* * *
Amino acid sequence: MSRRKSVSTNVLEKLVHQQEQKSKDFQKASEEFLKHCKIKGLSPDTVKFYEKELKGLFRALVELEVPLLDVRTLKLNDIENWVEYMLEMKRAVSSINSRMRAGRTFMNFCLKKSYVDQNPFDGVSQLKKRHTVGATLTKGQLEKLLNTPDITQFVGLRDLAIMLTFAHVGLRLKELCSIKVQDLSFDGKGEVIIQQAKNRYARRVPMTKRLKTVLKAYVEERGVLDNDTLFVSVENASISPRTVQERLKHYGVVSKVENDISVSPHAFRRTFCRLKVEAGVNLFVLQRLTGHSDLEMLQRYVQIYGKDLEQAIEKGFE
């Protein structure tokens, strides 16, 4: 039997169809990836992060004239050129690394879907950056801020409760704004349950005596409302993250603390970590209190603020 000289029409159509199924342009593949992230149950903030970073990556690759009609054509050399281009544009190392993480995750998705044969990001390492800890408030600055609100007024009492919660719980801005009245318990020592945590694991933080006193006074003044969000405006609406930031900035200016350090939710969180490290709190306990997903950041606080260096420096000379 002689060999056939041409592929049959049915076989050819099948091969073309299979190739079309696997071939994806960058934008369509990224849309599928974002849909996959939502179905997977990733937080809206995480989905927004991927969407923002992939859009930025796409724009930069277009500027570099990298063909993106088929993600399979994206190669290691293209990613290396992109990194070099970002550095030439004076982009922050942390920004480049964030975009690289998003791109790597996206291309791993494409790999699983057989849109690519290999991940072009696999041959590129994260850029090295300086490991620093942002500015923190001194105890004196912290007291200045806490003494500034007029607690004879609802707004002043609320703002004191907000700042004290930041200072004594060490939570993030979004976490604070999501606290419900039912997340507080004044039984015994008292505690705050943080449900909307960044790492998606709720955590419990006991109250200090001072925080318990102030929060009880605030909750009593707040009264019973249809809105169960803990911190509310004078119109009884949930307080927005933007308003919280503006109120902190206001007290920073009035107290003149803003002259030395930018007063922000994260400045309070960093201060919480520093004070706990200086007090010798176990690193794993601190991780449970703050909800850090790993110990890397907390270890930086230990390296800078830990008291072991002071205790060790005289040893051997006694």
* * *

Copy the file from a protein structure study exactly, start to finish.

Amino acid sequence: MSRRKSVSTNVLEKLVHQQEQKSKDFQKASEEFLKHCKIKGLSPDTVKFYEKELKGLFRALVELEVPLLDVRTLKLNDIENWVEYMLEMKRAVSSINSRMRAGRTFMNFCLKKSYVDQNPFDGVSQLKKRHTVGATLTKGQLEKLLNTPDITQFVGLRDLAIMLTFAHVGLRLKELCSIKVQDLSFDGKGEVIIQQAKNRYARRVPMTKRLKTVLKAYVEERGVLDNDTLFVSVENASISPRTVQERLKHYGVVSKVENDISVSPHAFRRTFCRLKVEAGVNLFVLQRLTGHSDLEMLQRYVQIYGKDLEQAIEKGFE
């Protein structure tokens, strides 16, 4: 039997169809990836992060004239050129690394879907950056801020409760704004349950005596409302993250603390970590209190603020 000289029409159509199924342009593949992230149950903030970073990556690759009609054509050399281009544009190392993480995750998705044969990001390492800890408030600055609100007024009492919660719980801005009245318990020592945590694991933080006193006074003044969000405006609406930031900035200016350090939710969180490290709190306990997903950041606080260096420096000379 002689060999056939041409592929049959049915076989050819099948091969073309299979190739079309696997071939994806960058934008369509990224849309599928974002849909996959939502179905997977990733937080809206995480989905927004991927969407923002992939859009930025796409724009930069277009500027570099990298063909993106088929993600399979994206190669290691293209990613290396992109990194070099970002550095030439004076982009922050942390920004480049964030975009690289998003791109790597996206291309791993494409790999699983057989849109690519290999991940072009696999041959590129994260850029090295300086490991620093942002500015923190001194105890004196912290007291200045806490003494500034007029607690004879609802707004002043609320703002004191907000700042004290930041200072004594060490939570993030979004976490604070999501606290419900039912997340507080004044039984015994008292505690705050943080449900909307960044790492998606709720955590419990006991109250200090001072925080318990102030929060009880605030909750009593707040009264019973249809809105169960803990911190509310004078119109009884949930307080927005933007308003919280503006109120902190206001007290920073009035107290003149803003002259030395930018007063922000994260400045309070960093201060919480520093004070706990200086007090010798176990690193794993601190991780449970703050909800850090790993110990890397907390270890930086230990390296800078830990008291072991002071205790060790005289040893051997006694």